We have taken steps to prepare for former Foundation Grant-holders to transition back into the Project Grant program, by providing transition options to Foundation grantees (including staggering former Foundation grantees’ return to Project, deferrals, and grant-size reductions). You can read about transition planning considerations for Foundation grant-holders on the CIHR website.
CIHR will be investing the funding previously allocated for the Foundation Grant program, as it becomes available, directly into the Project Grant program. When we sunset the Foundation program, the planned investment per annual Foundation competition was $100M. This means that, starting with the Spring 2021 Project Grant competition, approximately $50M will be added to each twice-yearly Project Grant competition. Total budgets for Project Grant competitions will therefore increase from $275M to approximately $325M, for a total investment in CIHR’s investigator-initiated research program of approximately $650M per year.
I am a member of one of the groups whose applications are being equalized. What does this mean for me?
Starting with the Spring 2021 Project Grant competition, CIHR will ensure that the proportion of grants funded for ECRs, female NPIs and applicants submitting in French is at least equal to the proportion of ECRs, female NPIs and applicants submitting in French who apply to the competition. In other words, we are equalizing success rates for these groups, if needed. A separate funding envelope is reserved for these equalization exercises and if it is not fully needed, it is reinvested within the Project Grant competition.
If ECR grants, grants for female NPIs, and grants for French-language applications are not funded at a level at least equal to the rates at which these groups have applied, then CIHR intervenes by funding additional applicants based on their percent rank. ECRs, female NPIs, and applicants submitting in French funded through this process are combined and treated as separate cohorts for the purpose of making funding decisions. This means that the intervention is completed at the competition level and not the committee level to ensure that the top applicants are selected.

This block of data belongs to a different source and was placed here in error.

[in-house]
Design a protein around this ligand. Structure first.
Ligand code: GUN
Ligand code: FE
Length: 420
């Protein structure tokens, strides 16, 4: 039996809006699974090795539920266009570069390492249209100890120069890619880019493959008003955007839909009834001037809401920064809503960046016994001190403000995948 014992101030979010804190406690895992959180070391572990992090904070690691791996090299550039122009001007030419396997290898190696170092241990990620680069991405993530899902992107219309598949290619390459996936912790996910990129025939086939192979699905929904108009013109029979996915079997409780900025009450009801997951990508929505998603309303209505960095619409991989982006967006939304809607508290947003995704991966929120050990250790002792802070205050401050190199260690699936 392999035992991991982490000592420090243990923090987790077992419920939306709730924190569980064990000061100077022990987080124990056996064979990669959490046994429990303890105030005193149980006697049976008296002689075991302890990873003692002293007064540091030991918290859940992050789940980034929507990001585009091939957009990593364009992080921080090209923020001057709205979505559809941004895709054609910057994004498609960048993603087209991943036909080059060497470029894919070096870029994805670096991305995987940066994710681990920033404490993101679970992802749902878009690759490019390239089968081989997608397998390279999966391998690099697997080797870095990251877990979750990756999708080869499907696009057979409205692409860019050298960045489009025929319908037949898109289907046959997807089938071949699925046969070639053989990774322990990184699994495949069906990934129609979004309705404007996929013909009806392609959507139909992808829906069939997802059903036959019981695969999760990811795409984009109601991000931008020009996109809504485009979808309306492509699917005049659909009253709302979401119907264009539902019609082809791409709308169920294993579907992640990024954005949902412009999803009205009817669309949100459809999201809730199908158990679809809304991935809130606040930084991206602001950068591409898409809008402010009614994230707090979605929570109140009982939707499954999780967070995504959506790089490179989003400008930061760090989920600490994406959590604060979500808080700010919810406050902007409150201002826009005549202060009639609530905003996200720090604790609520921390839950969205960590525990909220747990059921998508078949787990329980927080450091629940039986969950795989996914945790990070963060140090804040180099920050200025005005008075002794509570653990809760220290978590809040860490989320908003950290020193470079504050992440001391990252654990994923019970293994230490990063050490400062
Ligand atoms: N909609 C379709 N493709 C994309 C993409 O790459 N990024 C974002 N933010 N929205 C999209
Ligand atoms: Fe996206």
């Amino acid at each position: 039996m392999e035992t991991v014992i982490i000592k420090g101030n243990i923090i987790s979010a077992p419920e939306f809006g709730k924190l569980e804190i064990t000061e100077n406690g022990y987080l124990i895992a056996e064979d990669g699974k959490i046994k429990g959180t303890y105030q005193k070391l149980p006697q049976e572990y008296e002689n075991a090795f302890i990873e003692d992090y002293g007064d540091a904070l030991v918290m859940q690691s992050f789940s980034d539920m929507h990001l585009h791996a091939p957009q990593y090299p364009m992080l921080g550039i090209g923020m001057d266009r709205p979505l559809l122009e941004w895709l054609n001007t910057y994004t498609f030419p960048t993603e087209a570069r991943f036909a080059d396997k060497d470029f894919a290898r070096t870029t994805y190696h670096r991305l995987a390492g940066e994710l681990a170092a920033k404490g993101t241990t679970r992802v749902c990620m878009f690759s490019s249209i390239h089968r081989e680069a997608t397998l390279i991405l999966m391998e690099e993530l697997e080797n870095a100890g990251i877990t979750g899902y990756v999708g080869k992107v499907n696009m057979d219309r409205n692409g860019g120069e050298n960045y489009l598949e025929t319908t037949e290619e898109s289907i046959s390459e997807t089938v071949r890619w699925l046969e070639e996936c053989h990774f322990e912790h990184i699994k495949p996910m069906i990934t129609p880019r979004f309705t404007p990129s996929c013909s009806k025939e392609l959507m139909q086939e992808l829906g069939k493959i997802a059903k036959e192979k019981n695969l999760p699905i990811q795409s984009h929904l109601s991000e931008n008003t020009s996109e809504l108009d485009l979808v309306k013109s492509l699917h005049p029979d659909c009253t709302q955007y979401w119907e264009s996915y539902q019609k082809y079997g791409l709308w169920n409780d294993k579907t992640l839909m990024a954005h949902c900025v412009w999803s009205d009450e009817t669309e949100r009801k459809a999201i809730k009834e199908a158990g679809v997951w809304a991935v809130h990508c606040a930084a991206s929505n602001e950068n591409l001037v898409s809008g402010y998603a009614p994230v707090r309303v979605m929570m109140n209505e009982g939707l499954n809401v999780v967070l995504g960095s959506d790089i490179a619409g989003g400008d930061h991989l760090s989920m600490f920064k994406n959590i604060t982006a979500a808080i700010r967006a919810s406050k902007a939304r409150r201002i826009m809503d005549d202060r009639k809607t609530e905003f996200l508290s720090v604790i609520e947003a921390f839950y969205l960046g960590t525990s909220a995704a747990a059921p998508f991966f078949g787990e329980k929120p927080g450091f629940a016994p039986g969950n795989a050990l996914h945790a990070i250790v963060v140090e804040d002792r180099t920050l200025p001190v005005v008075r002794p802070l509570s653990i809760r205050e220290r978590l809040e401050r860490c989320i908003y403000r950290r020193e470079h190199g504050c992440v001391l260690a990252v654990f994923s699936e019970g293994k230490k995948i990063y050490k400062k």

Please note that CIHR is extending the pause for all ECRs for one additional year; that is, the ECR term will be extended to 0-84 months from 0-72 months) unless an individual submits a request to opt out of the pause.
How are you ensuring high-quality peer review in a virtual model?
CIHR is following all applicable public health guidance. This means we have curtailed all work-related travel, including all travel for the purposes of peer review meetings.
Rest assured that the peer review process will continue to mimic the in-person face-to-face process as much as possible. While we’ve adapted some processes to account for the technology and the fact that meetings have moved online, all core aspects of in-person peer review have been retained.
The peer review process is not a copy of the asynchronous model used during the Reforms, nor the hybrid for the one competition used when we transitioned from the Reforms to in-person, face-to-face peer review.
Since the spring of 2020, we have successfully delivered four Project Grant competitions using the virtual model. Because of the pandemic, we will also deliver the Spring 2022 competition using the virtual model. We are continuously learning from this experience and, while it has been an adjustment for us all, we were pleased to see that most reviewers have expressed satisfaction with the virtual peer review process. We have also made changes to refine the process based on suggestions from the community.
How is the virtual peer review model better for equity, diversity and inclusion?
We have heard from the community that there are benefits to virtual peer review (e.g., improved work-life balance, reduced carbon footprint). Virtual peer review also makes it possible for some individuals to participate in peer review where face-to-face meetings would not be feasible for them. This allows us to include a greater diversity of individuals across panels and provides the agency with a broader pool of reviewers. Virtual peer review also benefits diversity by including more international reviewers. This feedback and on-going evaluation of the virtual process will inform our thinking as we determine, with the community, our approach to peer review as we come out of the pandemic.